“Phoenix” and other poems by Müesser Yeniay

The House of God

 
We landed
from the house of God
to the island of heart

we came into being

we are at the house of earth
bodies are celestial
 

Phoenix

Poeta pirata est

I should be a phoenix
to the peaks
of my imagination

I should see the tips of my horizon
and introduce myself to it

never I wish
anything remains hidden
from me

since I came here
to see the front and behind
both of dreams
and reality

Woman

The wind
is 
blowing
that 
sweeps 
                  the sand 
                  around 
                  words

Everybody
is 
calling 
                   God!

I am 
taking 
myself 
from 
inside
and
putting
it
out 
                   with 
                   my 
                  hands.

I am 
the place 
where 
human-being 
is 
                     less 
God 
is 
                    more.



Phoenix and other poems are © Müesser Yeniay

MÜESSER YENİAY was born in İzmir, 1984; she graduated from Ege University, with a degree in English Language and Literature. She took her M.A on Turkish Literature at Bilkent University. She has won several prizes in Turkey including Yunus Emre (2006), Homeros Attila İlhan (2007), Ali Riza Ertan (2009), Enver Gökçe (2013) poetry prizes. She was also nominated for a Pushcart Prize by Muse Pie Press in USA.
Her first book Darkness Also Falls Ground was published in 2009 and her second book I Founded My Home in the Mountains a collection of translation from world poetry. Her second poetry book I Drew the Sky Again was published in 2011. She has translated the poems of Persian poet Behruz Kia as Requiem to Tulips. She has translated the Selected Poems of Gerard Augustin together with Eray Canberk, Başak Aydınalp, Metin Cengiz (2011). She has also translated  the Personal Anthology of Michel Cassir together with Eray Canberk and Metin Cengiz (2011). Lately, she has published a Contemporary Spanish Anthology with Metin Cengiz and Jaime B. Rosa. She also translated the poetry of Israeli poet Ronny Someck (2014) and Hungarian poet Attila F. Balazs (2015). She has published a book on modern Turkish Avant-garde poetry The Other Consciousness: Surrealism and The Second New (2013). Her latest poetry book Before Me There Were Deserts was published in 2014 in İstanbul. Her poems were published in Hungarian by AB-Art Press by the name A Rozsaszedes Szertartasa (2015).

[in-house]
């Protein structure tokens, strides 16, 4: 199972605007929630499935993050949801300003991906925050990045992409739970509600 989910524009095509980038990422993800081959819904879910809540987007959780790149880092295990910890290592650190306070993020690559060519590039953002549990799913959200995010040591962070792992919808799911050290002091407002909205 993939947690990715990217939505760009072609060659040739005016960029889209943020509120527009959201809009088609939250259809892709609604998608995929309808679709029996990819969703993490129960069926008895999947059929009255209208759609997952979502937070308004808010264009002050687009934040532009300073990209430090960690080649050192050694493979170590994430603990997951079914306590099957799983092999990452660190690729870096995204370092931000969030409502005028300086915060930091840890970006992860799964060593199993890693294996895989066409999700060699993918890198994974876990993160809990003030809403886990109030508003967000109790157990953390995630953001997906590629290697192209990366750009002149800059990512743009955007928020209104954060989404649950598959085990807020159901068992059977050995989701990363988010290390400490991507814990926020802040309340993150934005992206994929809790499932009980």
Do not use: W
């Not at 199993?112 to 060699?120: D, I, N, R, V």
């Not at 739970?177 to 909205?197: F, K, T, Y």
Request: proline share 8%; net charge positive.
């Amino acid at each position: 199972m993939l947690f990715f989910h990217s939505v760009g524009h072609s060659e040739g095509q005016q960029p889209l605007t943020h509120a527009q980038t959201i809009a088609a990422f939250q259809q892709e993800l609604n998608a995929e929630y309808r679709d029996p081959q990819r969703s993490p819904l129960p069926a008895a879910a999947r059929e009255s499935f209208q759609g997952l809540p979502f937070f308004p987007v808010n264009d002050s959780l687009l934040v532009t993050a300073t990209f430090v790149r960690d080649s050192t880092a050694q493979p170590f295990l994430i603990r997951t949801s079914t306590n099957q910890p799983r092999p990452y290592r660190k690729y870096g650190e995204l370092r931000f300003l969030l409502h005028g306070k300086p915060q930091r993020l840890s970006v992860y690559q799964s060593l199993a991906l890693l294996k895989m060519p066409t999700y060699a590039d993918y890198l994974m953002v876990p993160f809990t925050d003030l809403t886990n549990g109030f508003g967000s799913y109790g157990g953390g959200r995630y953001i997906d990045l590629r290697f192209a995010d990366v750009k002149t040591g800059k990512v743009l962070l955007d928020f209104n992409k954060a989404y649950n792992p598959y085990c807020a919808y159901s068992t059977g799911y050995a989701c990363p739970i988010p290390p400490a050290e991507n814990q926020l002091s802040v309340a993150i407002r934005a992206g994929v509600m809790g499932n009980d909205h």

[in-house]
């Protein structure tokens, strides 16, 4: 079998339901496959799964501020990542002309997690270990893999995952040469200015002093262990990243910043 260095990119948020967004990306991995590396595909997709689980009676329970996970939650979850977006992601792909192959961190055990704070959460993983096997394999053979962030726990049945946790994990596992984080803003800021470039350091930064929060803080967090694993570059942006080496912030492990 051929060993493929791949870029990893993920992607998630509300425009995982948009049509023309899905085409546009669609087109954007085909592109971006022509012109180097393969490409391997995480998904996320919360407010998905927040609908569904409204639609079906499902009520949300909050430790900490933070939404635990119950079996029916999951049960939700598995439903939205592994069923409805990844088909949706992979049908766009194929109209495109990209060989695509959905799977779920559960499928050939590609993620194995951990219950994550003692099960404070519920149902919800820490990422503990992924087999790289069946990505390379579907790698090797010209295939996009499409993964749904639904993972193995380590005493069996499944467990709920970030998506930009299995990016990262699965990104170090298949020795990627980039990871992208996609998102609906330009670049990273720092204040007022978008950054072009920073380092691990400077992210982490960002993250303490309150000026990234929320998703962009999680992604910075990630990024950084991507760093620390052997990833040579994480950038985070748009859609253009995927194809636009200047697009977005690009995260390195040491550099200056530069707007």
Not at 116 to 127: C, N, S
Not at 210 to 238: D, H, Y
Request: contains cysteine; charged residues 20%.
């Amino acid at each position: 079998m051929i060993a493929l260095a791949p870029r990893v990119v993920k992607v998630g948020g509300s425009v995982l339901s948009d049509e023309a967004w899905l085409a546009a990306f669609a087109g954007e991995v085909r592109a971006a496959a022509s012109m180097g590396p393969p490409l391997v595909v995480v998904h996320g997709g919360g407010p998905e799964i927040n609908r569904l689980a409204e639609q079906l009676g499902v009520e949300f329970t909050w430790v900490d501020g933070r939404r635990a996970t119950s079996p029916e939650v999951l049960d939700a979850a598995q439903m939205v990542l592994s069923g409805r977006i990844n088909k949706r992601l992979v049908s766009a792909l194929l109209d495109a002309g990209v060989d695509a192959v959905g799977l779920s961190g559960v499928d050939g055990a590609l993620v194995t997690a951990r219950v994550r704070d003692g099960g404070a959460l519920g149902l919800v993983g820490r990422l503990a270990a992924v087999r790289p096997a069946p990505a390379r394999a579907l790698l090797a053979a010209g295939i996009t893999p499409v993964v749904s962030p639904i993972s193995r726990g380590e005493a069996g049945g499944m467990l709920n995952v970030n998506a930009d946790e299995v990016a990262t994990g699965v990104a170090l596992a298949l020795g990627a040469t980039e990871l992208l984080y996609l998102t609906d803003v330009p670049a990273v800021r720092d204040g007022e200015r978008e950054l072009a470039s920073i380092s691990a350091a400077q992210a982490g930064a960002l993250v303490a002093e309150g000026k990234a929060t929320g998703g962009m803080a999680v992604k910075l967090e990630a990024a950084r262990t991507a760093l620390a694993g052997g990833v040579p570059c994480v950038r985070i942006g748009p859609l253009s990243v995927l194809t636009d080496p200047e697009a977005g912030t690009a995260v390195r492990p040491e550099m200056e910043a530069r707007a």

Her poems have appeared in the following magazines abroad: Actualitatea Literară (Romania), The Voices Project, The Bakery, Sentinel Poetry, Yellow Medicine Review, Shot Glass Journal, Poesy, Shampoo, Los Angeles Review of Books, Apalachee Review (USA&England); Kritya, Shaikshik Dakhal (India); Casa Della Poesia, Libere Luci, I poeti di Europe in Versi e il lago di Como (Italy); Poeticanet, Poiein (Greece); Revue Ayna, Souffle, L’oiseau de feu du Garlaban (France); Al Doha (Qatar); Tema (Croatia); Dargah (Persia).
The Anthologies her poetry appeared: With Our Eyes Wide Open; Aspiring to Inspire, 2014 Women Writers Anthology; 2014 Poetry Anthology- Words of Fire and Ice (USA) Poesia Contemporanea de la Republica de Turquie (Spain); Voix Vives de Mediterranee en Mediterranee, Anthologie Sete 2013 ve Poetique Insurrection 2015 (France); One Yet Many- The Cadence of Diversity ve ayrıca Shaikshik Dakhal (India); Come Cerchi Sull’acqua (Italy).
Her poems have been translated into Vietnamese, Hungarian, Croatian, English, Persian, French, Serbian, Arabic, Hebrew, Italian, Greek, Hindi, Spanish and Romanian. Her book in Hungarian was published in 2015 by AB-Art Publishing by the name “A Rozsaszedes Szertartasa” She has participated in the poetry festivals like Sarajevo International Poetry Festival, September 2010 (Bosnia-Herzegovina); Nisan International Poetry Festival, May 2011 (Israel); Belgrad International Poetry Festival, September 2012 (Serbia); Voix Vives International Poetry Festival (Sete), July 2013 (France); Kritya International Poetry Festival, September 2013 (India), Galati/Antares International Poetry Festival, June 2014 (Romania), Medellin International Poetry Festival, July 2014 (Colombia); 2nd Asia Pacific Poetry Festival 2015 (Vietnam).
Müesser is the editor of the literature magazine Şiirden (of Poetry). She is currently pursuing a Ph.D. in Turkish literature at Bilkent University, Ankara, and is also a member of PEN and the Writers Syndicate of Turkey.

  1. Three Poems by Müesser Yeniay
  2. An Index of Women Poets
“Phoenix” and other poems by Müesser Yeniay

‘the goldberg variations’ by Chris Murray

scene 1: the goldberg variations

 

a kiosk at the end of a dark train in an abandoned travelyard:
two shadowmen ravel orange round about their nothing much